Pest Control in June
The month of June is wasps ... again. Having been developing the colony since Easter, wasps are now prevalent all over Bracknell and Wokingham, these insects are a bit like spiders in that they trigger an irrational fear in us. I say irrational as few people are actually stung but everyone is scared of wasps with some people having full blown phobias where a wasp sends their blood pressure through the roof.
The Queen wasp will now be confined in her nest, she has become a egg laying machine producing drone after drone; their job is to defend the nest and bring in more food - the more drones produced equals more food and therefore more energy to produce even more drones. I liken it to an arms race at this time of year, wasps are insectivores and will predate another nest if its close so the largest colony will be the strongest.
There are six species of colony building wasps which we may encounter in June: the common wasp (pictured above), these like to build their nests in building voids: roofs and behind cladding, the common wasp is especially busy in the mornings. The Median wasp is slightly smaller than the common wasp and these are the ones that are attracted to sweet foods - those wasps that hang about in pub gardens, not very aggressive the Median wasp can be shooed away with the flick of a hand. The Median wasp is a relatively new species to the UK and so is the Saxon wasp; these arrived here from southern Europe in the 1990's and have settled all over southern England. An early finisher the Saxon wasp becomes problematic when the Queen dies and the colony relatively the nest - suddenly the garden is full of dopey wasps who don't seem to have any direction.
Then there are the Tree wasps, the Red wasp and the German wasp; these are definitely my wasps to treat of choice - extremely aggressive they are usually found in the ground and many gardeners will testify to how scary these can be after you've ran the mower over the nest.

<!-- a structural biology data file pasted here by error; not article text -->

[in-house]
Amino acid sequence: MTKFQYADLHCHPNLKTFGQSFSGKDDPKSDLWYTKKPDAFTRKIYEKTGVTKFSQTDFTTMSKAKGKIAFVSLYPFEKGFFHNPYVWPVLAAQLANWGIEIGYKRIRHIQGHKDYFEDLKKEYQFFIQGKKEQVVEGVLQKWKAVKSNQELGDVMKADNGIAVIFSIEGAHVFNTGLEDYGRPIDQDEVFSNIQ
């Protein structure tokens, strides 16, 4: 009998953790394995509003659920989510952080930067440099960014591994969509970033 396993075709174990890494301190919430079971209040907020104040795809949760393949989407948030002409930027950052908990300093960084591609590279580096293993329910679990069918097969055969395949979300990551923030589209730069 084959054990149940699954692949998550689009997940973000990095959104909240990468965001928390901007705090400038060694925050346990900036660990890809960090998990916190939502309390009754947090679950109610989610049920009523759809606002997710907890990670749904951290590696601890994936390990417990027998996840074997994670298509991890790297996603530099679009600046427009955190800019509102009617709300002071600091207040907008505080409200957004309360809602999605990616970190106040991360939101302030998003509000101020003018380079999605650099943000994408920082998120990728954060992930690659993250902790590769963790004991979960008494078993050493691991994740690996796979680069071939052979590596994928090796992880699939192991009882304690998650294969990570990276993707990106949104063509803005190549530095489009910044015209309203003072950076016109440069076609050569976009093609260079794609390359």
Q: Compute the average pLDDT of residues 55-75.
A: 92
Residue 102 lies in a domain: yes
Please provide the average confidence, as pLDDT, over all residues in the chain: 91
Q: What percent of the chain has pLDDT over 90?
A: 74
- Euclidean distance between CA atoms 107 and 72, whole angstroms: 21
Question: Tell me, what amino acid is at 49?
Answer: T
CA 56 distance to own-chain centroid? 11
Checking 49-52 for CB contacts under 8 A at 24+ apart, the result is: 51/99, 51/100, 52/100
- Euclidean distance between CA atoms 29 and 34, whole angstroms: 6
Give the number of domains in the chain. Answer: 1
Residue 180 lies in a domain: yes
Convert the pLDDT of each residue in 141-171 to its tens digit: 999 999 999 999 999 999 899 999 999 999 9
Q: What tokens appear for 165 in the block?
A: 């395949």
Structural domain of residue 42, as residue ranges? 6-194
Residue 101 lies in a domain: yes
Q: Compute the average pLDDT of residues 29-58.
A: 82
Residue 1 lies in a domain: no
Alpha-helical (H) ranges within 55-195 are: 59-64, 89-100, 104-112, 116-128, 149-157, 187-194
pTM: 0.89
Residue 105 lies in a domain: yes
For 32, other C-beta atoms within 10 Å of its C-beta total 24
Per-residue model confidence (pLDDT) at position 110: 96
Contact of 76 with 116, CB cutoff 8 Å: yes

German wasps will also nest in buildings and form a grey coloured nest , their aggressive nature means that we always suit up in full PPE when carrying out a wasp nest removal.
Why are wasps so bothersome in the late summer months?
Wasps are insectivores and you would think that insects are their main source of food, but you would be wrong on that. Wasps don't actually eat the insects that they catch, these are chopped up into a form of insect porridge and given to the larvae in the nest - in return the larvae secrete a sweet sticky substance which the wasps then eat. Towards the end of the summer there are fewer larvae and therefore much less of the wasps food, with numbers in their thousands the wasps are starving and becoming irritable - this is why they become such a nuisance as they can detect sweet perfumes, sugary drinks and food around us.
What is the point of wasps?
Wasps are voracious eating tonnes of insects that undoubtedly contain what we would call pest species - caterpillars and aphids, if left these would blight our crops affecting food production meaning less food for use. It is thought that wasps also visit flowers for nectar and as pollinators they perform the same role as honey bee's. A world without wasps maybe as bad as a world without bee's?
Why is it that dead wasps attract live wasps?
A dying wasp emits a pheromone or a chemical signature telling other wasps to be on the lookout, swatting angry wasps will only make things worse as they will become more aggressive.
How long does a wasp nest last for?
Wasps live for a season, so think from April through to October at the latest as the first cold spell will finish off any drones. The Queen wasp is a different story though, she will find herself a dry place to overwinter and hibernate until spring comes round again and the cycle starts again.